Hens Explore their New Environment and We Get Used to a New Routine


Has following this little dream been like one of those romance novels, where you know the ending will turn out happy- but you have to wait for 300 pages to find out? LOL 

The flock stayed inside the coop all day Saturday even with the door wide open. (They were used to a windowless coop and a completely covered 'run' -thick black netting from McMurrays' Hatchery). 


I had to entice them outside with some wild rice and lettuce scraps on Sunday afternoon. It still took 20 minutes for them all to come out, and they weren't familiar with a ramp, having been housed since coming as baby chicks on a ground floor environment, and getting back inside again meant they tried to JUMP over the large step rather than use the ramp. Even their nests were on the ground (they were stacked ones, and the second story was only 1 foot high off the ground.)


So, after they came out, only one ventured to explore their yard - see picture with Tazz... who thought that she was roaming free and that he'd get her. Grr. You can see how obsessed he is. 


These are very heavy birds, and apparently don't fly.

They are so big, I actually first thought they were turkeys when I first saw them! (Most of it is the feathers).

I figured they would either walk the ramp to their nesting shelf or 'flutter' down, so I put one on the ramp and she was not happy with that! She basically dropped to the floor, landing mostly onto her chest. Thump!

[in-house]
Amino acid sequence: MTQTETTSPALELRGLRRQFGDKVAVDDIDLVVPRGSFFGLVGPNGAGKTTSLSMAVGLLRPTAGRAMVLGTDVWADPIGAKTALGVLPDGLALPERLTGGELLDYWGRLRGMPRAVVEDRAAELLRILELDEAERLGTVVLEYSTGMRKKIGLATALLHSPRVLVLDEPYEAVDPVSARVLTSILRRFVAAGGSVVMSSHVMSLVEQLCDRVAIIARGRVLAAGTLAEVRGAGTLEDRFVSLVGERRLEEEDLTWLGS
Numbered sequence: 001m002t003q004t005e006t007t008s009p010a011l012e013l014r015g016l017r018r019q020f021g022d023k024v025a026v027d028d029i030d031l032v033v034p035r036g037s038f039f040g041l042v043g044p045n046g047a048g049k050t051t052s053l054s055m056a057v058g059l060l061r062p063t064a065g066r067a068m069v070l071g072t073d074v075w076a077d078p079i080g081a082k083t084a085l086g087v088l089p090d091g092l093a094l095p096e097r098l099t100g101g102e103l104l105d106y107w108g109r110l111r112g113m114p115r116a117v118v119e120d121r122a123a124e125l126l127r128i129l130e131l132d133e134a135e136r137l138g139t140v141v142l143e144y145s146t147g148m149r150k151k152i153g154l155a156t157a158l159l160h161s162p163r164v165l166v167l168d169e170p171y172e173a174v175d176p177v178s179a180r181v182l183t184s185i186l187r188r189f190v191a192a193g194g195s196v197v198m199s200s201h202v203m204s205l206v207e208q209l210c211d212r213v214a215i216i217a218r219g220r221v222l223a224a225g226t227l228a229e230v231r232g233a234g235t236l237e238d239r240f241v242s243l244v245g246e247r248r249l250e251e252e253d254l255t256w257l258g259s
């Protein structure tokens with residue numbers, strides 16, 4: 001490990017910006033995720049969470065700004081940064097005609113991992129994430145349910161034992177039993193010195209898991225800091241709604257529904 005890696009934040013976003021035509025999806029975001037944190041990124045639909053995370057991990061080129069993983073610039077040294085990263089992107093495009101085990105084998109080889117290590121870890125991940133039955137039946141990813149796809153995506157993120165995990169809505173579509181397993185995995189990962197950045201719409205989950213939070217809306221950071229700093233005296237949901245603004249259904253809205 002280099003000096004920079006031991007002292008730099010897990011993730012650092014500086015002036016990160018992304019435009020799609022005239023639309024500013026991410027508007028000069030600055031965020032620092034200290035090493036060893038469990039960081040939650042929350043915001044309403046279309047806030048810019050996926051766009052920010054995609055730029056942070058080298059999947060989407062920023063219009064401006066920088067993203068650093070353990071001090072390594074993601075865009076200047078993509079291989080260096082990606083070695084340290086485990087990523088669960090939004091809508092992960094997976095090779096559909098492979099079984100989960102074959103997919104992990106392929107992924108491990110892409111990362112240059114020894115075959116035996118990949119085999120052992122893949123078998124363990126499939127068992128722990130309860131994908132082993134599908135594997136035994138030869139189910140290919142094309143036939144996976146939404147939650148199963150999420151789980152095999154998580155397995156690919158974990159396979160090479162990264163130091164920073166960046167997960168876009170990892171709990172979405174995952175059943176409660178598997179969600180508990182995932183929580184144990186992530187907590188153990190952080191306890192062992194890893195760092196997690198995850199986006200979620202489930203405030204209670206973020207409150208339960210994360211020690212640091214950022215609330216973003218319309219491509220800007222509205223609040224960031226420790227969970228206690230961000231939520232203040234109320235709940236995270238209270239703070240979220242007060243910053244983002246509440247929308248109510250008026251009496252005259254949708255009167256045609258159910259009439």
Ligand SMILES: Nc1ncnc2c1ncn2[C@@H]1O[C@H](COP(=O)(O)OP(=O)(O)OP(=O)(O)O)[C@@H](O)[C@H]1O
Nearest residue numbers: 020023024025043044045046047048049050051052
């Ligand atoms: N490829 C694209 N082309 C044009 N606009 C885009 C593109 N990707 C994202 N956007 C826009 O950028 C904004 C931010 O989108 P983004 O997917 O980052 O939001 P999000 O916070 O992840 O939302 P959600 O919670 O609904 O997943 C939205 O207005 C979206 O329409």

Later, I captured another hen and put her head into a nest. She seemed intrigued and kept her head inside for a good 2 minutes, then pulled her head out and looked around and up to take note of all the other nests. By that time, I was trying to herd another hen into the corner to capture, because I figured the more that knew of the nests, the better, but the other birds were headed out the door to escape the corner, and with my back to her, the first hen saw that the rest of the flock was leaving- and she jumped down off the shelf. 
Yep, landing on her chest.
Thump.
A terrible sound, let me tell you!

So today I'm headed out to move all the nests into a single line on that shelf, rather than stacked. And I'll try moving that ramp- and using a much more substantial board that has lots of 'grip' so they won't slip on it. And if that doesn't work to get them up on the shelf this week, then the nests will be brought down to the floor. I don't want them on the floor... will have to adjust the height some, just so I don't have to get onto my knees to gather any eggs. 


No eggs yet! They've got to 'settle' a bit first - they were laying 4-5 a day. 
The eggs should be a cream color.

The rooster has a very low-pitched crow, and pretty soft too. You can't hear him from inside the house. He's beautiful, but has dewclaws(?) that are almost 3" long!! Good thing he's not aggressive! I'll get a photo one of these days. He came with the name 'Dinomite' after Napoleon Dinomite. He needs a more regal name. 

Unfortunately, I can hardly tell the rest of them apart at this point so naming them isn't really a consideration yet. 
I'm pretty concerned about just keeping them alive, and do not feel at all confident even letting them out in their yard. 

But I am enjoying them. It makes me laugh to watch them scratch the earth, with their jerky movements, they look like little clowns! 

Now..... onto the next little dream!





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